#5 – Free Will

Well, it turns out that wizards can hold a grudge.  Tarik didn’t visit me the next week, or the week after that or the week after that. A full month passed before I saw his familiar form trudging down the streets of Arvon.   After all those no-shows, I hadn’t prepared one of my so-called feasts and could only offer a loaf of crusty bread and a hunk of cheese.

He banged on the door.  “Open up, Jerilyn.  I know you saw me coming.”

“Who’s there?” I teased, as if I didn’t know.

“By the Spires, it’s me, Tarik, you old coot.  Let me in.”

How dare he call me old!  Next to him, I was an innocent babe.  Well, perhaps not that innocent anymore, the Herald had taken that from me and not even Tarik’s magik could bring it back.  “Tarik?  I don’t know any Tarik?  I’m afraid I’m having problems remembering much of anything these days.  Who did you say you were?”

“Quit fooling around, Jerilyn, and let me in.“

“I can’t open my door to a perfect stranger.”

A hint of concern crept into his voice.  “It’s me, Gerard, from the spellbinder school.  Please, let me in.  I’m hungry.”

“First it’s Tarik then it’s Gerard.  How many names can one man have?”  I asked through the door, enjoying this immensely.  It wasn’t often I had the upper hand on Tarik and I was going to make it last.  Though older than the world by an age or two, Tarik was still, in many ways, a petulant child.  He knew he’d behaved poorly when we had last dined, but he was terrible at apologies.

“As many as I need,” he shouted as if he were going to blow down the door, though if he’d really wanted to he could have opened it with a snap of his finger.  “Now open that door.  You’re starting to scare me.”

I swung open the door and greeted my old friend with a smile.  “But of course … Gerard.  The students of Weyland the White are always welcome in my home.”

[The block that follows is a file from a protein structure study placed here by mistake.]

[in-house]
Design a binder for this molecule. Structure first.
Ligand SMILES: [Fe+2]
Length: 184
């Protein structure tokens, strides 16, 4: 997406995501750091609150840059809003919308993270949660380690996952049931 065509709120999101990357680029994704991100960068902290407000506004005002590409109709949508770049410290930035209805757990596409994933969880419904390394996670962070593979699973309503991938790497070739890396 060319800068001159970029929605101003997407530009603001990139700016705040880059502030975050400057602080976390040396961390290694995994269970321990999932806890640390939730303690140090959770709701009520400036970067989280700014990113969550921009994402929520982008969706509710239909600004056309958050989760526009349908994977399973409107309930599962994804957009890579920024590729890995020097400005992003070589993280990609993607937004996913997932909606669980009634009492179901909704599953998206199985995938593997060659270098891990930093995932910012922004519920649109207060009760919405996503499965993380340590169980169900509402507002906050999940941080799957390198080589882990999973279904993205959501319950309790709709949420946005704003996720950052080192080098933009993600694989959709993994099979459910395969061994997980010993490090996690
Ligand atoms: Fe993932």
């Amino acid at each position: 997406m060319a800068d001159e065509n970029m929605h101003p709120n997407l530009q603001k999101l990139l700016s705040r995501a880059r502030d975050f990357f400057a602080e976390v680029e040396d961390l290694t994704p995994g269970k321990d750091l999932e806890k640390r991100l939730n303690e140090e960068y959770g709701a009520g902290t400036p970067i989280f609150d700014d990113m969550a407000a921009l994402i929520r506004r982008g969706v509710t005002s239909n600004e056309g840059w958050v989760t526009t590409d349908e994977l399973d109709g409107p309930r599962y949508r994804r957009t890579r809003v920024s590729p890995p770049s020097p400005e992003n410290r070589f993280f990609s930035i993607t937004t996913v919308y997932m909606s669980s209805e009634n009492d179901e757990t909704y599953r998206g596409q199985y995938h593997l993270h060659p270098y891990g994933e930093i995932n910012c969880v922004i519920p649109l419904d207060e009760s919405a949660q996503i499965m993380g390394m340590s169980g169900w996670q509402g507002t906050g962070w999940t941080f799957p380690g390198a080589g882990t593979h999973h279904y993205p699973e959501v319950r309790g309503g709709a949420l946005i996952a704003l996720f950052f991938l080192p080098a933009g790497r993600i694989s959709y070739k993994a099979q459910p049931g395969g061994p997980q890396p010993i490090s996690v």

Tarik grumbled his annoyance.  “I have not been called student in a very long time, Jerilyn.  The people of this age may think Weyland mighty, but he and the other spellbinders are mere upstarts.  I have forgotten more magik than they will ever know.  And by the way, that wasn’t funny!”

“My, my aren’t we in a mood today.”  I looked around the empty room.  “Just who is it you’re trying to impress?”

Tarik stormed into the apartment and plopped down in his favorite chair.  He wasted no time getting comfortable and flicked his hand at the liquor cabinet.  The door opened of its own volition, or at least not mine, and a bottle of Tarik’s favorite brandy lifted into the air and poured a glass that flew into his outstretched hand.  “Aren’t you going to feed me?”

“Of course, old friend.  Nothing but the best for you.”  I went to the cupboard and took out a plate upon which I placed the bread and cheese.  I then set it on the small table to the side of Tarik’s chair.

“What’s this?” he asked with an upturned nose.

“Dinner.  Like I said, nothing but the best and tonight, this is the best I have.  Now had you visited last week, I had a plump roast lamb waiting in the oven.  The week before that I had whipped up another batch of Zerina’s stew and the week before that I ate an entire chicken myself, but this week, all I can offer is bread and cheese. Be careful where you slice, it’s a bit moldy at the corners.”

“All right, Jerilyn, you win.  I’m … sorry that I left so abruptly the last time.  It wasn’t decent of me.”

My mouth hung open in mock astonishment.  “What’s that I hear?  Do I detect an apology?”